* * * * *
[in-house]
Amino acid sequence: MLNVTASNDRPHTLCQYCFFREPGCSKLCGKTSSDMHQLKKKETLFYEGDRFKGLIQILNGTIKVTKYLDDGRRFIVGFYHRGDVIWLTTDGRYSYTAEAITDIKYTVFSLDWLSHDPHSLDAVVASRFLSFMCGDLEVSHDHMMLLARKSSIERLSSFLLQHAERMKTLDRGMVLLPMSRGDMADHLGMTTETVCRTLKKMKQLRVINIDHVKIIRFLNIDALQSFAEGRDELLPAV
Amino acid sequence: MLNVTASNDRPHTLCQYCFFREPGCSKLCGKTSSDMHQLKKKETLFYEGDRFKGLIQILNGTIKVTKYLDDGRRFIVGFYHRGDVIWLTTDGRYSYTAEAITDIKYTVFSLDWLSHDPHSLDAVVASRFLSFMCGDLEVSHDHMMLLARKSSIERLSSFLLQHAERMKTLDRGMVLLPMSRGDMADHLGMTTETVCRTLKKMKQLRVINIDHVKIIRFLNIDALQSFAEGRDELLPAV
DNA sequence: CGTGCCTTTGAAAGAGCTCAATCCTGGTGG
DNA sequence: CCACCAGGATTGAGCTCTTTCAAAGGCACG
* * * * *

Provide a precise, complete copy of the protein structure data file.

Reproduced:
[in-house]
Amino acid sequence: MLNVTASNDRPHTLCQYCFFREPGCSKLCGKTSSDMHQLKKKETLFYEGDRFKGLIQILNGTIKVTKYLDDGRRFIVGFYHRGDVIWLTTDGRYSYTAEAITDIKYTVFSLDWLSHDPHSLDAVVASRFLSFMCGDLEVSHDHMMLLARKSSIERLSSFLLQHAERMKTLDRGMVLLPMSRGDMADHLGMTTETVCRTLKKMKQLRVINIDHVKIIRFLNIDALQSFAEGRDELLPAV
Amino acid sequence: MLNVTASNDRPHTLCQYCFFREPGCSKLCGKTSSDMHQLKKKETLFYEGDRFKGLIQILNGTIKVTKYLDDGRRFIVGFYHRGDVIWLTTDGRYSYTAEAITDIKYTVFSLDWLSHDPHSLDAVVASRFLSFMCGDLEVSHDHMMLLARKSSIERLSSFLLQHAERMKTLDRGMVLLPMSRGDMADHLGMTTETVCRTLKKMKQLRVINIDHVKIIRFLNIDALQSFAEGRDELLPAV
DNA sequence: CGTGCCTTTGAAAGAGCTCAATCCTGGTGG
DNA sequence: CCACCAGGATTGAGCTCTTTCAAAGGCACG